National Psoriasis Foundation held Skin of Color Congressional Briefing

Briefing supports efforts to improve health outcomes for all impacted by psoriasis

Oct 22, 2015, 14:41 ET from National Psoriasis Foundation

WASHINGTON, Oct. 22, 2015 /PRNewswire-USNewswire/ -- To ensure that all people living with psoriasis get the care they need, the National Psoriasis Foundation held a congressional briefing today to highlight the unique challenges faced by African-American, Asian, Latino and other diverse populations within the psoriatic disease community.  

Although psoriasis affects 7.5 million Americans, it is reported less frequently in African-American, Asian, Latino and other non-Caucasian populations. Yet studies show that these populations are more deeply affected by psoriasis than Caucasians, on both a physical and psychological level.

"The two emotions I felt after my diagnosis were frustration and embarrassment," said Jonathan Scott, a nine-year veteran of the National Football League and featured patient panelist at the congressional briefing. "By learning more about psoriasis and getting involved with the National Psoriasis Foundation, I gained confidence in myself and my ability to manage the condition. I hope that by spreading awareness of psoriasis among people of color, I can help others in my community feel comfortable in their own skin."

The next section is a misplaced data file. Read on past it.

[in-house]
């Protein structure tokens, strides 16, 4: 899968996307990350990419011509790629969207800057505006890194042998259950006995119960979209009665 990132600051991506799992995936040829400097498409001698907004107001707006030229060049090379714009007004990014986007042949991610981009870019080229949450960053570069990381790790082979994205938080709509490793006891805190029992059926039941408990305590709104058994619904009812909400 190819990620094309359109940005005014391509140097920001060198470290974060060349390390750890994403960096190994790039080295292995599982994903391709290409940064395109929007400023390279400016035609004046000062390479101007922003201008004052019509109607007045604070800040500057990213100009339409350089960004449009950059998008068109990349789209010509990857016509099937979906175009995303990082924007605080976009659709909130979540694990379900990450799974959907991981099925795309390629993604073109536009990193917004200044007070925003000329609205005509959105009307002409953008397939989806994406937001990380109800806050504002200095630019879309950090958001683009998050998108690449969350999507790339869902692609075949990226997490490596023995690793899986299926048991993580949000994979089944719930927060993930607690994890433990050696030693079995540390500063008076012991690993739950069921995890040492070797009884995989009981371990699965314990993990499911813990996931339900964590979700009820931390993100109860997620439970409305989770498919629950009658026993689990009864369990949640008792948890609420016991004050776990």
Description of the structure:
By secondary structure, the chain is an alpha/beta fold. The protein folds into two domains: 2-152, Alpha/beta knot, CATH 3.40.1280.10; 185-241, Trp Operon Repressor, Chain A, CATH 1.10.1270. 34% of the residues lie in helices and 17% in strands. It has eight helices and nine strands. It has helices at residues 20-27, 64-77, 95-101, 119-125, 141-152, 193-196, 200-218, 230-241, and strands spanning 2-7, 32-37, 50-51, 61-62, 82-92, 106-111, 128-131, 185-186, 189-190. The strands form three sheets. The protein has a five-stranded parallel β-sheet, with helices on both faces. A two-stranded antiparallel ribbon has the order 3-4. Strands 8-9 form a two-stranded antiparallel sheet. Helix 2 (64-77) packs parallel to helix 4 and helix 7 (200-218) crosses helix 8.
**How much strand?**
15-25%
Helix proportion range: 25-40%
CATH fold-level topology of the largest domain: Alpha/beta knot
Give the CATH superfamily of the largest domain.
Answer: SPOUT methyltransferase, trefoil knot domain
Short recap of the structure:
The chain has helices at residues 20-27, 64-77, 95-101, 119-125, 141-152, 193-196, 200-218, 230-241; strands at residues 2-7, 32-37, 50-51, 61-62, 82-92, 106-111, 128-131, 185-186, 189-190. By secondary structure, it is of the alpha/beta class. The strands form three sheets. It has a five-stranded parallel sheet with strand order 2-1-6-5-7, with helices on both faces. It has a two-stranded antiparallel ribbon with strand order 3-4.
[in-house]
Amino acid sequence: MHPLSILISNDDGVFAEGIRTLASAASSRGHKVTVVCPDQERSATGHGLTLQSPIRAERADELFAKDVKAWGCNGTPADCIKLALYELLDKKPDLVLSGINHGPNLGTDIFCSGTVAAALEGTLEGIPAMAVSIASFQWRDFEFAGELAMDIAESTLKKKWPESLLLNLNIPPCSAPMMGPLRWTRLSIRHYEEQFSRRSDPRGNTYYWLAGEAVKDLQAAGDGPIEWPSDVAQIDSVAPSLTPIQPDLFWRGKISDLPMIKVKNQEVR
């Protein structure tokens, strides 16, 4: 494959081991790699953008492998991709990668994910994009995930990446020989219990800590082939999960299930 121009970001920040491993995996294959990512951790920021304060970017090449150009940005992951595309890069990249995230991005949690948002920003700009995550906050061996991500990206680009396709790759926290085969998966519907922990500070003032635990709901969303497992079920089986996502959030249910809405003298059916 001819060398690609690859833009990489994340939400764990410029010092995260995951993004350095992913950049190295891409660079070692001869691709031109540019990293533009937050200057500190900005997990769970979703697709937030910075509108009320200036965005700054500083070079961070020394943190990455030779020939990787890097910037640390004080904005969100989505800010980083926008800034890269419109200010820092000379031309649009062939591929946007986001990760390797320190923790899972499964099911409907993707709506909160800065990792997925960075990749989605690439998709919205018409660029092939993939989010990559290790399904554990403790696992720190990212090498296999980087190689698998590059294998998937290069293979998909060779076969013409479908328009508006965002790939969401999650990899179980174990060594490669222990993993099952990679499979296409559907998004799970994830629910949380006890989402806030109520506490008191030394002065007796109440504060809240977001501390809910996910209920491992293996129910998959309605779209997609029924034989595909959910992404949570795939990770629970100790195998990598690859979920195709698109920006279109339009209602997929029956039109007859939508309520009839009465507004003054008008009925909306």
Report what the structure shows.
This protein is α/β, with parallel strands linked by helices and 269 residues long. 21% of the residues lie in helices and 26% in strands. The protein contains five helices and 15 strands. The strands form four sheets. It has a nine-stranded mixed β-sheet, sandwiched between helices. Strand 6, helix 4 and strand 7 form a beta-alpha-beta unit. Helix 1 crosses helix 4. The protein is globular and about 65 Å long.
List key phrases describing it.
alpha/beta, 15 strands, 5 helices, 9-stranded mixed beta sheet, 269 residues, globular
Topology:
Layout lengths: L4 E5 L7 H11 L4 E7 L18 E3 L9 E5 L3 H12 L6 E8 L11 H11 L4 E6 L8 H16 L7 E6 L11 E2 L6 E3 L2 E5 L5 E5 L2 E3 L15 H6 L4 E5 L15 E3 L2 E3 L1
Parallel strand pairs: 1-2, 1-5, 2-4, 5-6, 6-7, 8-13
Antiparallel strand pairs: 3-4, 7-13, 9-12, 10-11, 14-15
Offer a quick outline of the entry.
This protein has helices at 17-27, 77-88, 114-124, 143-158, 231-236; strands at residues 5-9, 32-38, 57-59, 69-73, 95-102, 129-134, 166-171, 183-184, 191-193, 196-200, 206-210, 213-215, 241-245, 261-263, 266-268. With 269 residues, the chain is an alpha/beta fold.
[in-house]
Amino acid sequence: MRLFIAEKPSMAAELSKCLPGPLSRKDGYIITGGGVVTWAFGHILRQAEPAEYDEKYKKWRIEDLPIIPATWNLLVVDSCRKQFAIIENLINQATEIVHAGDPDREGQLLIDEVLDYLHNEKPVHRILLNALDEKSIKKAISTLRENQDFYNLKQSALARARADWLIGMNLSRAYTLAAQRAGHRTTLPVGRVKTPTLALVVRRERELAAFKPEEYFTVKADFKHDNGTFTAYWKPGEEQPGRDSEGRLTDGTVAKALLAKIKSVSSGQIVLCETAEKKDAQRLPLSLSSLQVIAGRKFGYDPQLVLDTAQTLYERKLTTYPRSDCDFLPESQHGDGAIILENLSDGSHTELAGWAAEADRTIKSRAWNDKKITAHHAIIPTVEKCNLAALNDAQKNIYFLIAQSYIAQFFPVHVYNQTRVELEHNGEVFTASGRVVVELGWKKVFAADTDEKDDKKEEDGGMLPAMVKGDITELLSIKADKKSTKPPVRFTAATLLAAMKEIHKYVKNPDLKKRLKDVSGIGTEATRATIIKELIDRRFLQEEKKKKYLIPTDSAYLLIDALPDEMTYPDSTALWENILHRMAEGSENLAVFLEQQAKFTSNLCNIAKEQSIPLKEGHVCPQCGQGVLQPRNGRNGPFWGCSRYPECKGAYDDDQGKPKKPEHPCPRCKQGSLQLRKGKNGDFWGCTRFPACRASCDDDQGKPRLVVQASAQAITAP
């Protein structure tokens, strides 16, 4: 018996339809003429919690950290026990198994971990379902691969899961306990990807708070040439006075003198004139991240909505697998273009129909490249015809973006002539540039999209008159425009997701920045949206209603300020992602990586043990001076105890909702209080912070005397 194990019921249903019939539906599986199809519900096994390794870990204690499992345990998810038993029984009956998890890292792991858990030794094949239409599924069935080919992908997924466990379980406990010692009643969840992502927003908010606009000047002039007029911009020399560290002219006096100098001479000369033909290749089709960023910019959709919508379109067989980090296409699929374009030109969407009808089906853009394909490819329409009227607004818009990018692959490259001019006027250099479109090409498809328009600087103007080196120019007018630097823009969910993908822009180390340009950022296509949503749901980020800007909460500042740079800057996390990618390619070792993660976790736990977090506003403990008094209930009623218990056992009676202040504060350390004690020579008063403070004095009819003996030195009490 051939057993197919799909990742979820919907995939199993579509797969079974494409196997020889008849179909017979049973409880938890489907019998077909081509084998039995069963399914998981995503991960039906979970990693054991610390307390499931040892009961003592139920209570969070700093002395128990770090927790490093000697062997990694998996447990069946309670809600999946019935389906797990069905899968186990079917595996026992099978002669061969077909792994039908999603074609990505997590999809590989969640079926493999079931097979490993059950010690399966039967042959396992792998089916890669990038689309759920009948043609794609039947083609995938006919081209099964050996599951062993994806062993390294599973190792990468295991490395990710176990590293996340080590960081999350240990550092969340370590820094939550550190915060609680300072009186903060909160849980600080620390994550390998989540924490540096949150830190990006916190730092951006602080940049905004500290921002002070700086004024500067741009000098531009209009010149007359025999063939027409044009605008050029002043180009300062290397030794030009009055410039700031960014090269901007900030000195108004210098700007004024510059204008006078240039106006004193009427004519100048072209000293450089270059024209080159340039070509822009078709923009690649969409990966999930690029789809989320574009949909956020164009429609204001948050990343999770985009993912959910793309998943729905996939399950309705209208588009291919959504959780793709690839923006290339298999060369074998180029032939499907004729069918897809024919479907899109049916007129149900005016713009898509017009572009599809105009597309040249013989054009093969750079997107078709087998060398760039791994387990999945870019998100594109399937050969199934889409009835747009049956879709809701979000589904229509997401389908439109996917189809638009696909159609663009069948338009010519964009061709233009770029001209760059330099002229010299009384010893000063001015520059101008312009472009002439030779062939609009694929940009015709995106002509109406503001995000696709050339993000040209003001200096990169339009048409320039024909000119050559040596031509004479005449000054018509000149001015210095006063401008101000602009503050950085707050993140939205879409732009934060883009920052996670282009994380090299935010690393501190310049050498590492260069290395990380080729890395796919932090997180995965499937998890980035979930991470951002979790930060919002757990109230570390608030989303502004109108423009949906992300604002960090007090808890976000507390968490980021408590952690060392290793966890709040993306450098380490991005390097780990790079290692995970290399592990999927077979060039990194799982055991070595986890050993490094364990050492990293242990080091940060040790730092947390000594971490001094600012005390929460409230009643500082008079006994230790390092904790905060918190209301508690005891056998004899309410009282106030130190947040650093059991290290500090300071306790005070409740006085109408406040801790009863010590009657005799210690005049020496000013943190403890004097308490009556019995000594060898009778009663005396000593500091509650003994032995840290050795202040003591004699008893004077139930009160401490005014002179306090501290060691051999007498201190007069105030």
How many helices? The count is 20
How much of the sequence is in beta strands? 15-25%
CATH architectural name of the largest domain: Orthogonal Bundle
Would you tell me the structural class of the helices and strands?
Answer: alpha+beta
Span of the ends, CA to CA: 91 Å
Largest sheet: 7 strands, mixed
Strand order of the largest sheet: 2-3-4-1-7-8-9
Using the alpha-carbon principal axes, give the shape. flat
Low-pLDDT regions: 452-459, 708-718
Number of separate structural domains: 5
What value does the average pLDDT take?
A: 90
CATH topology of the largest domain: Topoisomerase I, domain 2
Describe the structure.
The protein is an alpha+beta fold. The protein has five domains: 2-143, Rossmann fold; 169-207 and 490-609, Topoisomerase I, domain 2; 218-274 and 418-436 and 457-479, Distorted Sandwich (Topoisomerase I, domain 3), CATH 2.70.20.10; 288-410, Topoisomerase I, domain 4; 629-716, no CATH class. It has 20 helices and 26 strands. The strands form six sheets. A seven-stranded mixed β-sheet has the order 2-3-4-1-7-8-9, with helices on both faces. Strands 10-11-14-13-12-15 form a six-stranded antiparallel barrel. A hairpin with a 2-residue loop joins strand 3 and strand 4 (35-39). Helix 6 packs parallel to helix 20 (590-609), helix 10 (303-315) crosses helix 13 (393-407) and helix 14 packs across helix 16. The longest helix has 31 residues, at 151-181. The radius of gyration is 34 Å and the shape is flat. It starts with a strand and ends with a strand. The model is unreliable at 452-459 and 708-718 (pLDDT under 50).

In addition to Scott, other panelists included Rep. Eddie Bernice Johnson (TX-30), nationally recognized dermatologist Paul Wallace, M.D., and Amy McMichael, M.D., chair of dermatology at Wake Forest Baptist Medical Center and the Maya Angelou Center for Health Equity.

"Through this congressional briefing and other skin of color efforts, we hope to shine a light on underserved populations in the psoriasis community," said Randy Beranek, president and CEO of the National Psoriasis Foundation. "These efforts will help us meet our goal of dramatically improving health outcomes for all people with psoriatic disease."

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Psoriasis is a chronic, genetic disease of the immune system that appears on the skin, causing it to crack, itch and bleed. It is the most common autoimmune disease in the country, affecting as many as 7.5 million Americans. Up to 30 percent of people with psoriasis develop psoriatic arthritis, which causes pain and swelling of the joints. If left untreated, psoriatic arthritis can cause irreversible joint damage.

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About the National Psoriasis Foundation
The National Psoriasis Foundation is the world's largest nonprofit organization serving people with psoriasis and psoriatic arthritis. Our mission is to find a cure for psoriasis and psoriatic arthritis and to eliminate their devastating effects through research, advocacy and education. For more information, call the Foundation, headquartered in Portland, Ore., at 800-723-9166, or visit

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SOURCE National Psoriasis Foundation